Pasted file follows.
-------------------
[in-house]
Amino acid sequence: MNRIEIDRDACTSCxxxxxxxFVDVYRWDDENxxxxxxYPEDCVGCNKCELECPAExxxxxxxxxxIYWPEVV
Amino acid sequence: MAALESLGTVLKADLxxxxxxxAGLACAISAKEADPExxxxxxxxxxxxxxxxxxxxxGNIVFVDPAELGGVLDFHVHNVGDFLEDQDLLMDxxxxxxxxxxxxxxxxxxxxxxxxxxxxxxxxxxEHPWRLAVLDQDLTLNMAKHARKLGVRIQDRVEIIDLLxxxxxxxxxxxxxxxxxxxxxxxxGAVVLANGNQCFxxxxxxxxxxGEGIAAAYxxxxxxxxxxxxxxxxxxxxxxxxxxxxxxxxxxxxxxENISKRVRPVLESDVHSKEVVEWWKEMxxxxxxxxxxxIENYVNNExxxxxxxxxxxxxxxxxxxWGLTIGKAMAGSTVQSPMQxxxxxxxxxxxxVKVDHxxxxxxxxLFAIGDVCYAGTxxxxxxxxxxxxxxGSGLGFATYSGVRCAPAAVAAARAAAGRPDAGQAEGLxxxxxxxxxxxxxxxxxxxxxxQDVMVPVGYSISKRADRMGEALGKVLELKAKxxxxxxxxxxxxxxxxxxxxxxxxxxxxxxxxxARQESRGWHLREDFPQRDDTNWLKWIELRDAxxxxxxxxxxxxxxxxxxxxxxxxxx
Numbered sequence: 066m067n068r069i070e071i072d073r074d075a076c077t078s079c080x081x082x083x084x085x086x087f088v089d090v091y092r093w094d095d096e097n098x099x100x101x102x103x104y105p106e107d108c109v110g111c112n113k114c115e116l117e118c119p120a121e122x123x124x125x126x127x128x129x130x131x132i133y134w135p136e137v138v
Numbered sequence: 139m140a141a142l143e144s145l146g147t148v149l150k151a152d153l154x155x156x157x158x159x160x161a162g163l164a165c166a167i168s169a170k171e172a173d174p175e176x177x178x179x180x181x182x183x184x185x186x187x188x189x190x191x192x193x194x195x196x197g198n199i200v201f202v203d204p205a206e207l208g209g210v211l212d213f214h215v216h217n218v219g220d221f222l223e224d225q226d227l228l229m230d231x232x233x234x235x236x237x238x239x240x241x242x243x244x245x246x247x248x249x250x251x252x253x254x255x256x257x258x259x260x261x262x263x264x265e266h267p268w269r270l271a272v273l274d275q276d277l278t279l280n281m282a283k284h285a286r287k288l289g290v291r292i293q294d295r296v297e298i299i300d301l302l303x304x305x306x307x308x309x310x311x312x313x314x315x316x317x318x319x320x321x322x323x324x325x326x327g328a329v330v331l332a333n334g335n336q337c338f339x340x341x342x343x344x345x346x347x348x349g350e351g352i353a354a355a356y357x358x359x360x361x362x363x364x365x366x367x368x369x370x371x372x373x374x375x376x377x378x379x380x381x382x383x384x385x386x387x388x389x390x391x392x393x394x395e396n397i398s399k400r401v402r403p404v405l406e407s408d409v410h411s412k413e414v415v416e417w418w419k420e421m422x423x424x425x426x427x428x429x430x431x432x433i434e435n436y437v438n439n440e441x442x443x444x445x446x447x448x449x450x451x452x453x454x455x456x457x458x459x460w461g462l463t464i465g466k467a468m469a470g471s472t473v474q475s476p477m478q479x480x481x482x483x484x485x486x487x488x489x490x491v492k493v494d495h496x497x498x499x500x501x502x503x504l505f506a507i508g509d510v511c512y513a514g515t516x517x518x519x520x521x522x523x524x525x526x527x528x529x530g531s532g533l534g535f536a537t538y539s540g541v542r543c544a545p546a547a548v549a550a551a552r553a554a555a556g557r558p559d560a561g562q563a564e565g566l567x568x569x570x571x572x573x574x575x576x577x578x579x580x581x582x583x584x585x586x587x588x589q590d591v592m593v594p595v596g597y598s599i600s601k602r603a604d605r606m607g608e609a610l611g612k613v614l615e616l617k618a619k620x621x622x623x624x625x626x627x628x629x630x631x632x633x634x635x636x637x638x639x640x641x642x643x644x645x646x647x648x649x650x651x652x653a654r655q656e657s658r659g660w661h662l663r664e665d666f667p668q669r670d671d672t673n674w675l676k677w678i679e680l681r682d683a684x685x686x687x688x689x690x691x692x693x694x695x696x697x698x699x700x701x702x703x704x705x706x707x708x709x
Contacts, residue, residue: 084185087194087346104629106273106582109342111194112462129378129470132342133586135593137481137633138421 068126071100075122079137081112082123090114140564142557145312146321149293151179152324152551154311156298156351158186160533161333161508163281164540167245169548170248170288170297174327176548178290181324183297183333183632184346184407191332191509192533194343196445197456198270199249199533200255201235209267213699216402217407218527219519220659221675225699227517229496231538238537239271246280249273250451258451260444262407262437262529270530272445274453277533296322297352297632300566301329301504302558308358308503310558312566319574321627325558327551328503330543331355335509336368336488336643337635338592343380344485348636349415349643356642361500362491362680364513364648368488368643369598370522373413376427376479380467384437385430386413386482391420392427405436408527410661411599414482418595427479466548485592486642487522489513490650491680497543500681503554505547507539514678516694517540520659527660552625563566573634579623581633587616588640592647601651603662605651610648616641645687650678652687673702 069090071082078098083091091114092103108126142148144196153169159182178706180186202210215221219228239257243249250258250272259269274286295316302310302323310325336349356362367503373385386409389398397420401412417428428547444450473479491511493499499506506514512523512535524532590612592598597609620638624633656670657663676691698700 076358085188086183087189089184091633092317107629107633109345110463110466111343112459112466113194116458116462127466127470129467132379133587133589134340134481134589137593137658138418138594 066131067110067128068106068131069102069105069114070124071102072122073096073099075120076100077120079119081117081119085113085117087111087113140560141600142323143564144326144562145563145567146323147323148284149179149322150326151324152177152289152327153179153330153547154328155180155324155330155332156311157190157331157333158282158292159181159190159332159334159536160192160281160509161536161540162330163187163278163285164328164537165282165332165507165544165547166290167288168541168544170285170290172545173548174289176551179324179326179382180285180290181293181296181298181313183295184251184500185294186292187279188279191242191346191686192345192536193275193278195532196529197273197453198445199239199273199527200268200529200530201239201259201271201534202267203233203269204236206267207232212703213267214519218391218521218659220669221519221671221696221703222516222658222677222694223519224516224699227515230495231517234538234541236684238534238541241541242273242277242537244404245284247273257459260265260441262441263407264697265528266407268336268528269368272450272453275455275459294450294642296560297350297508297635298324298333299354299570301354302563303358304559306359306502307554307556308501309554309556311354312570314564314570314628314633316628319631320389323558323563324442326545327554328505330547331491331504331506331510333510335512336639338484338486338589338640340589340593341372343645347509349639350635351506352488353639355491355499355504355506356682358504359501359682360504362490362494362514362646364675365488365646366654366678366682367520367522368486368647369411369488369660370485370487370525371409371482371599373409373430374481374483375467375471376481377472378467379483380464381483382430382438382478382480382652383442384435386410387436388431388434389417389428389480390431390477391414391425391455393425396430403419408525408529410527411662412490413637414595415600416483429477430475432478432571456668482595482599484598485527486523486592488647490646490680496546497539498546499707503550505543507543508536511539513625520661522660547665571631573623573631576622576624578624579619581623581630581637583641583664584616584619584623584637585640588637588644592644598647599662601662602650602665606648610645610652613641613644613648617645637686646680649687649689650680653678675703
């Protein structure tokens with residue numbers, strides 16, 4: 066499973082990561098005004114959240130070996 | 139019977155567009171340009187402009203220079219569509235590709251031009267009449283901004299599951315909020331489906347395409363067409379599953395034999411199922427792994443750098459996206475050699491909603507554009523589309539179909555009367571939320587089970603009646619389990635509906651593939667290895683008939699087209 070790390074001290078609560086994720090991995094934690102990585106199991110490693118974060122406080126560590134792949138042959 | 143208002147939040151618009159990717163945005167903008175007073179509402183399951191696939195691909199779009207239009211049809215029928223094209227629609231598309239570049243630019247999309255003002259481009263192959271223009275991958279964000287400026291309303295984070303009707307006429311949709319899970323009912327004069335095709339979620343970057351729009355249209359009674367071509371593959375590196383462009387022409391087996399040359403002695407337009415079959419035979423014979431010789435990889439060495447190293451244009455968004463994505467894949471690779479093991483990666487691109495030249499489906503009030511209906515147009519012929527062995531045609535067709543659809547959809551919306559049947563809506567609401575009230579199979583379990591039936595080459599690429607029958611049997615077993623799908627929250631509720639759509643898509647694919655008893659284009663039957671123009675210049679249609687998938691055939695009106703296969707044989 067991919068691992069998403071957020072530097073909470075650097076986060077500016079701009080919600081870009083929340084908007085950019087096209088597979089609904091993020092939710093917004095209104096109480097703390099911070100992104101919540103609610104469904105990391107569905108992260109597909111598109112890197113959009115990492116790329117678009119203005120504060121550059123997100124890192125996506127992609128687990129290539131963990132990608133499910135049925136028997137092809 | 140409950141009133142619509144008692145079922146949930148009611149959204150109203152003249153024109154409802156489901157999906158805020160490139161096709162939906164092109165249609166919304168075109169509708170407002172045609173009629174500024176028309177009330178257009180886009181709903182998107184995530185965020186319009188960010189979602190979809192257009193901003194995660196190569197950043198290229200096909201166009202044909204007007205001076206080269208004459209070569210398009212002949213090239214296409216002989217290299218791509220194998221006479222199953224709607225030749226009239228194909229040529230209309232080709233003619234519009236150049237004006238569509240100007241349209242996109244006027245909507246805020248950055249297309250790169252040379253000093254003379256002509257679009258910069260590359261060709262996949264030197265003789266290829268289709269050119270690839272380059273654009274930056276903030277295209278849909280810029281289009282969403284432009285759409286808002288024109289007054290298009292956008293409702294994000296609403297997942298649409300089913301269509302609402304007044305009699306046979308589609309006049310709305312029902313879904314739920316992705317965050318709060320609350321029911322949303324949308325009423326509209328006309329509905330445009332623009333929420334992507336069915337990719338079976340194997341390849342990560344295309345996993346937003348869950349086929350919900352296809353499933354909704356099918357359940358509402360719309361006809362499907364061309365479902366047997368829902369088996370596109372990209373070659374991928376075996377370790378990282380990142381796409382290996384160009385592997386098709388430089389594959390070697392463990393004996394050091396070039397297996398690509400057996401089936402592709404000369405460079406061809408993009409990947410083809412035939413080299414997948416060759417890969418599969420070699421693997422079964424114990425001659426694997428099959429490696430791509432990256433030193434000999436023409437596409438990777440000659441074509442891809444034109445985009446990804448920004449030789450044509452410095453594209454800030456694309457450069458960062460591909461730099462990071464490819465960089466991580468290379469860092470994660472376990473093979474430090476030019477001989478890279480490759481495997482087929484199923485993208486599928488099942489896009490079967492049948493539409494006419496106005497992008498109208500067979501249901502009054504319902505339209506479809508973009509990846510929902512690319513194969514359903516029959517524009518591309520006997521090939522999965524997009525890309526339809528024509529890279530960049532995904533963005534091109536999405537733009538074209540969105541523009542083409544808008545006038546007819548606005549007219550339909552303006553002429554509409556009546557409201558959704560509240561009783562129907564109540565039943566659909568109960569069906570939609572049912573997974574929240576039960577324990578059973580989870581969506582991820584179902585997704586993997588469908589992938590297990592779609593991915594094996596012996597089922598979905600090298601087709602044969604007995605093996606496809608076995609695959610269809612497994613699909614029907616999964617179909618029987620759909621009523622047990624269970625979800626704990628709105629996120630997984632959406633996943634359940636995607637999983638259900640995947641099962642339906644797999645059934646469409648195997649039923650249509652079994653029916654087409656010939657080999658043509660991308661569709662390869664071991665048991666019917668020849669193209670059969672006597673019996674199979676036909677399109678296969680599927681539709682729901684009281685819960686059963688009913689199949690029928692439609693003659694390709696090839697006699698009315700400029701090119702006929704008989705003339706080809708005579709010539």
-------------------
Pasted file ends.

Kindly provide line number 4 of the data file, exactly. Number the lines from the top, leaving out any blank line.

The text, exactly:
Numbered sequence: 066m067n068r069i070e071i072d073r074d075a076c077t078s079c080x081x082x083x084x085x086x087f088v089d090v091y092r093w094d095d096e097n098x099x100x101x102x103x104y105p106e107d108c109v110g111c112n113k114c115e116l117e118c119p120a121e122x123x124x125x126x127x128x129x130x131x132i133y134w135p136e137v138v